Salt of the Earth

Monday, September 29, 2014 Road Junkies 0 Comments

Day 26:  Kaikoura to Nelson

A cold morning greeted us in Kaikoura as we saw the temperature dip down to 35°.  A fresh coating of snow graced the peaks of the nearby Sewards and collaborated with a brilliant sun to create a stunning backdrop for our continuing drive north on SH-1  (pictured above).   It seemed a bit odd to watch the morning sun rising above the Pacific Ocean, which is on the west coast back home.

About 14 miles north of Kaikoura, we pulled over at the Ohau Point Lookout to spy on the breeding colony of New Zealand fur seals that live there.  Judging by the air temp, the water sloshing into the rocky shoreline at high tide this morning must have been icy.  But these guys have a double fur coat and were not bothered, especially the young ones.  Dozens of the little guys were having a grand old time diving and frolicking in a semi-sheltered rock pool.  When an occasional high wave surged into their play area, it only seemed to jack up the excitement, like kids on a roller coaster.  In the fashion of their human counterparts, the adults lounged in the sun on nearby rocks, occasionally taking time from their napping to observe the antics of their children.

Seal pool at Ohau Point
As the road wound inland and then back to the coast, we entered yet another splendid area of plump verdant hills peppered with thousands of sheep.  A major center of sheep farming, New Zealand has the world's highest sheep population density.  According to a recent report, New Zealand is home to more than 30 million sheep, almost seven times its human population.  Ewe couldn't prove it by us and we're not trying to fleece you or pull the wool over your eyes, but we herd that a farmer near Christchurch rammed his way into the Guniness book with a world record flock numbering 384,143 sheep.  (Please don't lambaste us and forgive the baaaad puns.)

Have you any wool?
Nearing the town of Blenheim, our attention was diverted by signs to the Lake Grassmere Saltworks.  Snowy mountains of salt lured us down a side road to the plant where more than 60,000 tons of salt are harvested annually.  Sea water is pumped into the 1,700-acre lake during the summer when the Marlborough region's long hours of sun and strong winds begin the evaporation process that increases the water's salinity.  As nature does its work, the water is transferred to a series of concentrating ponds for further evaporation.  When the brine reaches saturation point, it goes into crystallization ponds for the final stage of dehydration.

Lake Grassmere Saltworks
At the crossroads in Blenheim, we turned west on SH-6 toward Nelson, our destination for the day.  We had entered yet another New Zealand wine-producing area, this one called the Wairau Valley region, New Zealand's premier and best known, with 130 wineries.  As in the area north of Christchurch yesterday, vineyards lined both side of the highway.  These were industrial-size wineries with multiple massive storage tanks and significant processing plants.

The further we drove into the Marlborough region, the higher the roadside views became as we drove through the Richmond Range.  After miles of pastured hillsides, we stopped for lunch in Havelock, the self-proclaimed 'Green-Lipped Mussel Capital of the World.'  We struggled to decide whether we should eat at the Havelock Cafe, the Havelock Lodge, the Havelock Inn, or one of the other creatively named restaurants, finally settling on one that offered some vegetarian options in addition to all those emerald shell mollusks.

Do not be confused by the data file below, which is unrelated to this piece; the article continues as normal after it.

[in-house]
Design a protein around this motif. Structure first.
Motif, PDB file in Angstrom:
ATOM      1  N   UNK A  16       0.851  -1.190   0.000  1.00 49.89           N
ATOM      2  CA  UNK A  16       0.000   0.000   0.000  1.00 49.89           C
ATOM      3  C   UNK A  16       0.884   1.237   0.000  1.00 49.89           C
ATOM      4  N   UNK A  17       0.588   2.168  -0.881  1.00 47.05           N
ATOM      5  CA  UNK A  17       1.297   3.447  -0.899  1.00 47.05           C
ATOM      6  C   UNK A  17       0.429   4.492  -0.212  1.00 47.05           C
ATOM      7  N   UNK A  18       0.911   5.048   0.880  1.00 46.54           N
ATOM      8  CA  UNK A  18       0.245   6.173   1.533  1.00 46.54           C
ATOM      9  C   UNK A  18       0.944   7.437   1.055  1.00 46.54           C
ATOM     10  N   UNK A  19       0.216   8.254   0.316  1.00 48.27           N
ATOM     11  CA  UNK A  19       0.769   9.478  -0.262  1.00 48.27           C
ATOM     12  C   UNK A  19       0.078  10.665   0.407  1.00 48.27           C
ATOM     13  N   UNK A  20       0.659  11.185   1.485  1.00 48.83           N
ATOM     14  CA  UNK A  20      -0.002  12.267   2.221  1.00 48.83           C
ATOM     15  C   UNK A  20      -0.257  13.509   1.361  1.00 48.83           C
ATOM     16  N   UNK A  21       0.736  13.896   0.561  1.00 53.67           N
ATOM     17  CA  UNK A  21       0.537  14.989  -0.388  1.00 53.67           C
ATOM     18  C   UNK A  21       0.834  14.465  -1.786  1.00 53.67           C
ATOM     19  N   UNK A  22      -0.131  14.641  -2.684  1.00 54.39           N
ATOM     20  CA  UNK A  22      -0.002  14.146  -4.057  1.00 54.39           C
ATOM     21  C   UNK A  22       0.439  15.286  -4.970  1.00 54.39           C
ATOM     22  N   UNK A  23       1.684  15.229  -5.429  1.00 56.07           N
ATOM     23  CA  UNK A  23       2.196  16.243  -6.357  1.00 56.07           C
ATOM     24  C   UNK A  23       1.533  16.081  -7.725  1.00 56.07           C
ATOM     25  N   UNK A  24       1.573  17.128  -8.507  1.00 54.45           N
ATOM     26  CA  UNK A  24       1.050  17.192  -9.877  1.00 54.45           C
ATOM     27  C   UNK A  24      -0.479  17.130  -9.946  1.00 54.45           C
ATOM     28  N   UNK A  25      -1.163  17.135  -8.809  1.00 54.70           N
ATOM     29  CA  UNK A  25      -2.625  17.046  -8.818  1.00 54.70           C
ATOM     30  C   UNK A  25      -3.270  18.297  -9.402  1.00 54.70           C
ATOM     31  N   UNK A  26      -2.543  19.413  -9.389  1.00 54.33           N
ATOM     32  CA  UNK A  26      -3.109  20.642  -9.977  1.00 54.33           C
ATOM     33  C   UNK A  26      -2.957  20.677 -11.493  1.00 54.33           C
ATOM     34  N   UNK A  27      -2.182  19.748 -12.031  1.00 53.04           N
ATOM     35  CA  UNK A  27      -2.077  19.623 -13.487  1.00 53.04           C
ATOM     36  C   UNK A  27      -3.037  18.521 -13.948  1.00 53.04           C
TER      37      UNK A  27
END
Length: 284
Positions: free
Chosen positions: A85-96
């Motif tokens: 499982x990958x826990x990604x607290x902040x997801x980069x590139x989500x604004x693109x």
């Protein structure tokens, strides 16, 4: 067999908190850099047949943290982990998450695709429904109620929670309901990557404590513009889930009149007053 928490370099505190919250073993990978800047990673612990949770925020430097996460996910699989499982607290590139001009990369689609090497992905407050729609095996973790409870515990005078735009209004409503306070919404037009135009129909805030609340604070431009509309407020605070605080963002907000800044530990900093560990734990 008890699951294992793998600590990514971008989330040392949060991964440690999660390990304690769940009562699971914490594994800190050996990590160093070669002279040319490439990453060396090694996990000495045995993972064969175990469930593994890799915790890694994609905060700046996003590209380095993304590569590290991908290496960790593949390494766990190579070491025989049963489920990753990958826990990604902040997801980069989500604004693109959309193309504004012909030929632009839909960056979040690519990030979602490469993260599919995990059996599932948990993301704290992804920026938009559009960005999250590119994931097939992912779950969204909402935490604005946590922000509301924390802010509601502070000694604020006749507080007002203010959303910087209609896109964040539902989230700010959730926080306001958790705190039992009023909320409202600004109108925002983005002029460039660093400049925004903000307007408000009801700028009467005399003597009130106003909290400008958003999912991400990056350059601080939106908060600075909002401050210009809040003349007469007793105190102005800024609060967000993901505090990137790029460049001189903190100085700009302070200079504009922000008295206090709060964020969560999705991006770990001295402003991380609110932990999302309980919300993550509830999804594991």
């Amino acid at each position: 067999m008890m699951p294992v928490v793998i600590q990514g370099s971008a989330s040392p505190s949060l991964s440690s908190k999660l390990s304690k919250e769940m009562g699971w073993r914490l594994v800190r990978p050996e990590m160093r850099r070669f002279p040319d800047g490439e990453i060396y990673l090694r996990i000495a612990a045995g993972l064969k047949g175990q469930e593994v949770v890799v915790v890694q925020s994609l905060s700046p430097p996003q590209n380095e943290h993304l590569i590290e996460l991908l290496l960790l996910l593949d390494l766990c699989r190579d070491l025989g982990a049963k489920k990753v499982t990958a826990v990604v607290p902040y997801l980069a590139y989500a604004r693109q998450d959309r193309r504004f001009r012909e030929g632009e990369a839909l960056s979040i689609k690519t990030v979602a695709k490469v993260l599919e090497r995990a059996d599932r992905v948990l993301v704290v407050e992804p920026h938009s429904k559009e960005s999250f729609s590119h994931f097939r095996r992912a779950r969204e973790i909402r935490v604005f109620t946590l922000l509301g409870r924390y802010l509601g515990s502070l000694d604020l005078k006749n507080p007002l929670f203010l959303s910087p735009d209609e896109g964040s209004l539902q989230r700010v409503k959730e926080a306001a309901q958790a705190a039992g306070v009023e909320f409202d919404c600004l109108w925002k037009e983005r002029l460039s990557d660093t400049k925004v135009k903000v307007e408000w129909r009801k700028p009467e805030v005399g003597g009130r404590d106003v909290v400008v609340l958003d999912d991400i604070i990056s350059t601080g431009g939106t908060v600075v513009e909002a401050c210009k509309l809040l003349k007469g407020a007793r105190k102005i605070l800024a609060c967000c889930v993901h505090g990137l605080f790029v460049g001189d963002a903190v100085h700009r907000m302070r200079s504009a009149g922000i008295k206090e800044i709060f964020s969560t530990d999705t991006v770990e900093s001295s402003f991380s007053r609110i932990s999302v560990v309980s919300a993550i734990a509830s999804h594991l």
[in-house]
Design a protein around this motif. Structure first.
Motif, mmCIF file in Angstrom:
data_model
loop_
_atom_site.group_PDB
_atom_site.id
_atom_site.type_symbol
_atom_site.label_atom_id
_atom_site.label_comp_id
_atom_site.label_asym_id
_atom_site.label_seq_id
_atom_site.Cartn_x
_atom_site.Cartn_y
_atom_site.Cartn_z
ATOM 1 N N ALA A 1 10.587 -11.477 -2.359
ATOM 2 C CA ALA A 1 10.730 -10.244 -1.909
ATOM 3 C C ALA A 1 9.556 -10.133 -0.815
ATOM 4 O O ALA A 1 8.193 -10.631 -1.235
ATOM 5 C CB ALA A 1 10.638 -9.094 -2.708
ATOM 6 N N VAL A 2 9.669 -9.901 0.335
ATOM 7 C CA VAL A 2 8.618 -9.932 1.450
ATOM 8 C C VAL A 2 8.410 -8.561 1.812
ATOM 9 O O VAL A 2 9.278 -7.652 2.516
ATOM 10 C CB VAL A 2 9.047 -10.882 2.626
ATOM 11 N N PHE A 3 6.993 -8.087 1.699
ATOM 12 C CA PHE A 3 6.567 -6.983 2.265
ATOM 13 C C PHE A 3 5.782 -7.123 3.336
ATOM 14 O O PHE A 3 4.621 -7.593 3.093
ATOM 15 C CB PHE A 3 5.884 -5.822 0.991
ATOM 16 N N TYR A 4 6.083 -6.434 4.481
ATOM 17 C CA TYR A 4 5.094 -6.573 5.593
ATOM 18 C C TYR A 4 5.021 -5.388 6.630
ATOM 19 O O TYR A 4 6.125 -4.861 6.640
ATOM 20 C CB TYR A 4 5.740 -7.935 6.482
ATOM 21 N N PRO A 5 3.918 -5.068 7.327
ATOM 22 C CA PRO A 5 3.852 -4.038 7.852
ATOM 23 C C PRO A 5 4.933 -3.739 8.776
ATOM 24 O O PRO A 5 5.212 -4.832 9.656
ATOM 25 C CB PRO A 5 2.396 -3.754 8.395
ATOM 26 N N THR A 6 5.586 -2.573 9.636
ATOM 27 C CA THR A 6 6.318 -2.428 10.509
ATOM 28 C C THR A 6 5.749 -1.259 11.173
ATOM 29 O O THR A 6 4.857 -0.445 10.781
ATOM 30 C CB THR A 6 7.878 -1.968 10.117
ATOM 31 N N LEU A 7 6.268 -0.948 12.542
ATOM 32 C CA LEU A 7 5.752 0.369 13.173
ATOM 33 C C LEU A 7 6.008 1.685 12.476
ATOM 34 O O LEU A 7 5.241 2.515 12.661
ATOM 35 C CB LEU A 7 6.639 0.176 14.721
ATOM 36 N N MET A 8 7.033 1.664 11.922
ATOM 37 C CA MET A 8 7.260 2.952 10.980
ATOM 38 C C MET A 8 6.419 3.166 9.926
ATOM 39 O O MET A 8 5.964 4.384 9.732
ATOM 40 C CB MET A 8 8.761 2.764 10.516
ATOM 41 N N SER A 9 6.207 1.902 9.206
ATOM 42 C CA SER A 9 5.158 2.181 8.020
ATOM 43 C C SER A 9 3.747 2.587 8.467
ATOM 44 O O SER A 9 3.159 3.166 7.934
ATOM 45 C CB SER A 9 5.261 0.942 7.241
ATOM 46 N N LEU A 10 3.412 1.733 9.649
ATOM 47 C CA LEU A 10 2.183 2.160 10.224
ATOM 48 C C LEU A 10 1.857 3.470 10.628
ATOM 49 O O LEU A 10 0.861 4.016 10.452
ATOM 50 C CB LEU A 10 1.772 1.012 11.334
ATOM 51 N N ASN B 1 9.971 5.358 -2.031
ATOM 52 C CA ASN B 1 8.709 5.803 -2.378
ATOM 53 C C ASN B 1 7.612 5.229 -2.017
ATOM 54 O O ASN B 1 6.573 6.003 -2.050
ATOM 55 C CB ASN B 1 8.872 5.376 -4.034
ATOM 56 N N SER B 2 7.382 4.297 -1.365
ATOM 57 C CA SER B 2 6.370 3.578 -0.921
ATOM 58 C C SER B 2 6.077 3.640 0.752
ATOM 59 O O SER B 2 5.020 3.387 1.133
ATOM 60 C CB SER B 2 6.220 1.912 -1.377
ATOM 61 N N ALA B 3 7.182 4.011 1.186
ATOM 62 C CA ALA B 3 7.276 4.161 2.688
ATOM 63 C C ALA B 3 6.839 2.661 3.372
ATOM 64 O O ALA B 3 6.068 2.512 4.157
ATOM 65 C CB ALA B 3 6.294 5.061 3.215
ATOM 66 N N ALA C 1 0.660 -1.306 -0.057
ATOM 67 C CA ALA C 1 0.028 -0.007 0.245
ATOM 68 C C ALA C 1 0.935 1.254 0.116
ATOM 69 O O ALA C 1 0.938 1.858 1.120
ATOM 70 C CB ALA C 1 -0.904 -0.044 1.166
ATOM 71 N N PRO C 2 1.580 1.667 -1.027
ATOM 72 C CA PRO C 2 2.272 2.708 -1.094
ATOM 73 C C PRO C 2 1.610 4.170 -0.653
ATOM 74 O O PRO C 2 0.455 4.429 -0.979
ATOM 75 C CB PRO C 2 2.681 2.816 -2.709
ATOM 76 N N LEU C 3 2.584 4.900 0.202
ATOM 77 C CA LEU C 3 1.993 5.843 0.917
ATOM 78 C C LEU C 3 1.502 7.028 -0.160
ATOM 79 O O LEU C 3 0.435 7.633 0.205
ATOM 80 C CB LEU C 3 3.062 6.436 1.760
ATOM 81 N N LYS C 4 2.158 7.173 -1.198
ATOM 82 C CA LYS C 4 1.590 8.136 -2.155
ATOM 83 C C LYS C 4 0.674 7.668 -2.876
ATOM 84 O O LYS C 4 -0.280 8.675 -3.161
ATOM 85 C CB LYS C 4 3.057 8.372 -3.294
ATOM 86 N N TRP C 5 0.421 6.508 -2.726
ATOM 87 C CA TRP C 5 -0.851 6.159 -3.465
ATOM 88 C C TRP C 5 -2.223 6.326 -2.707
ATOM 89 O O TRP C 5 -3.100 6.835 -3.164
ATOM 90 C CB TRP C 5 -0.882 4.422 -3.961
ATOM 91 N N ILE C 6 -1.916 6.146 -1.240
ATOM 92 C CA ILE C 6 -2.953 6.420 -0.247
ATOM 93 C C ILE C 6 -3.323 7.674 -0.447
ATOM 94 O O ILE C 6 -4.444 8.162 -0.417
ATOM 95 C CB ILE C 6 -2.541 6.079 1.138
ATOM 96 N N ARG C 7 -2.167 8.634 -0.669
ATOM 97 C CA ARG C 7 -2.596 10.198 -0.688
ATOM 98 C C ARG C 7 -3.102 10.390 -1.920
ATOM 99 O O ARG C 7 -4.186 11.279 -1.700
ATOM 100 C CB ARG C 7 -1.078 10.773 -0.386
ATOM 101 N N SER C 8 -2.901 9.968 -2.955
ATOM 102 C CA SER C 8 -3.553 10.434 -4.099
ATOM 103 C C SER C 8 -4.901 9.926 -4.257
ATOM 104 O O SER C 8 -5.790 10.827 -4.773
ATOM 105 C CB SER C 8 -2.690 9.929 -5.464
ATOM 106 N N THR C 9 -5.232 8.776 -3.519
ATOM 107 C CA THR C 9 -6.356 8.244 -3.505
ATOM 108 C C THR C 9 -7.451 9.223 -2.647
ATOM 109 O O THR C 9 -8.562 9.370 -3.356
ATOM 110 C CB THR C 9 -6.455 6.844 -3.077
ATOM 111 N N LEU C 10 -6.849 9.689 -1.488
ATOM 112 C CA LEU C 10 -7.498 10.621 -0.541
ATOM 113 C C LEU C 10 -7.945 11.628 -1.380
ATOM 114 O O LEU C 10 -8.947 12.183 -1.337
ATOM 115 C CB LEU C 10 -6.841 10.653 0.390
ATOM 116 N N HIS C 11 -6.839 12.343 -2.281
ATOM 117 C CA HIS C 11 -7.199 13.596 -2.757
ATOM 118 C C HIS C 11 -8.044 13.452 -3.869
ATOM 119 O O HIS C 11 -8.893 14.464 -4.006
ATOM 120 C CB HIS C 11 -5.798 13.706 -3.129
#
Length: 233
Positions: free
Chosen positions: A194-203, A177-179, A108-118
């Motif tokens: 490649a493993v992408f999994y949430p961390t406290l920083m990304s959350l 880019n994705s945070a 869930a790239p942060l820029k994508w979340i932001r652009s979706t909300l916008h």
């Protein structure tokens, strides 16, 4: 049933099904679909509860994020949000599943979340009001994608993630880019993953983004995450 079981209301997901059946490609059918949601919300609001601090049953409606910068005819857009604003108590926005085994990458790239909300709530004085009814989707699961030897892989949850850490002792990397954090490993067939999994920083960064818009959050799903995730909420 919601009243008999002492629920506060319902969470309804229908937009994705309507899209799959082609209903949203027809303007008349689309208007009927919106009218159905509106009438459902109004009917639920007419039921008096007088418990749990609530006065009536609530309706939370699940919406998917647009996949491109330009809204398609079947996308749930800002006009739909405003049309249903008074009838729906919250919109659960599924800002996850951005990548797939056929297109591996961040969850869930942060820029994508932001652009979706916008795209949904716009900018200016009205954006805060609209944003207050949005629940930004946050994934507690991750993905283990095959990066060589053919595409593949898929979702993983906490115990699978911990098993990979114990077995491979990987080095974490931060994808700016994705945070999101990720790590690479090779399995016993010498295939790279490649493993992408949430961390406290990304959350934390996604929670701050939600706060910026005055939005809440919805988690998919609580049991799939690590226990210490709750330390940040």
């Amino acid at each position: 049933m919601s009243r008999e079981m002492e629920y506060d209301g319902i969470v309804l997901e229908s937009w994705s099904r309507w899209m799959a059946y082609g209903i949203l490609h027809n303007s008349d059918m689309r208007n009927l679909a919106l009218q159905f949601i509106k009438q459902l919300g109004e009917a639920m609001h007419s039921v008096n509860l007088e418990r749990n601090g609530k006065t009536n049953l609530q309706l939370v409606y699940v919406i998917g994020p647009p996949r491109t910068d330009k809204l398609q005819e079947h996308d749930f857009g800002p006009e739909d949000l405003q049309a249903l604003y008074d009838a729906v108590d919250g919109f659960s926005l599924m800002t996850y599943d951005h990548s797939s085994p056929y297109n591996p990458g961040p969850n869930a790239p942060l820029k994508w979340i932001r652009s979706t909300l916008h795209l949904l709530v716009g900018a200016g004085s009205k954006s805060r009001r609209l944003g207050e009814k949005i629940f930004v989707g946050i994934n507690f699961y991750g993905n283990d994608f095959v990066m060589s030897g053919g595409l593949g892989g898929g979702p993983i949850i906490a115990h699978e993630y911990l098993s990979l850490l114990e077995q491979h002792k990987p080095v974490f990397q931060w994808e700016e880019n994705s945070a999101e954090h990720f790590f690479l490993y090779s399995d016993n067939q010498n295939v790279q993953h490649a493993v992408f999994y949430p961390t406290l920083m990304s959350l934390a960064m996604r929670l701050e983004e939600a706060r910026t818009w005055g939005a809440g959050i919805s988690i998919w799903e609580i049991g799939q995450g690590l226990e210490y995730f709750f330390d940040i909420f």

Green-Lipped Mussels
Arriving in Nelson in the early afternoon, we decided to go seek a couple of letterboxes west of the town after checking in at The Sails hotel.  Our search for the first box took us to a park at the end of the narrow, twisting Riwaka Valley Road, where we set out on the Riweka Resurgence Trail.  The path was sheltered by a very dense, very moist rain forest.  Moisture was so thick your exhaled breath could be seen as vapor.  Near a picnic area off the trail, we followed a narrow track into the forest seeking a head-high stump leaning toward the river.  Though we located the stump, no treasure was hiding within or nearby.  Its close proximity to the river may well have been behind its disappearance.Though the letterbox was AWOL, we continued out the trail to a platform overlooking the cave where the Riwaka River bubbles up from its underground journey.
Riwaka Resurgence Trail
Our second letterbox target had not been reported as found in more than five years, so we held out little hope of locating it, but it had been planted in the popular beach town of Kaiteriteri (kie-teery-teery), just a few miles away.  With a name that charming, it was a must-see.  Alas, the box was also MIA, but the beach was quite attractive with a caravan village that looked to be at maximum capacity.

Kaiteriteri beach
Though our innkeeper's rapid fire list of recommendations when we checked in included a couple of restaurants that were not seafood-centered, we opted to continue our self-catering habit and picked up dinner supplies at the local New World supermarket on our way back to the hotel.

Tomorrow we have a short drive to the quaint coastal town of Picton, where we'll end our stay on New Zealand's South Island.
Daily Stats:
  • Started in Kaikoura, ended in Nelson
  • Mileage -  254    (Trip total: 14,908)
  • Weather - 35° to 62°, sunny
  • Grains of salt - 452,752,967,021,489,111
  • Missing letterboxes - 2
  • Green-lipped mussels - 18,402

The morning sun over the Pacific
Ohau Point
Really?  Outside the Omaka Aviation Heritage Centre in Blenheim
A collection of new Toyotas parked in a pasture near the Omaka Aviation Heritage Centre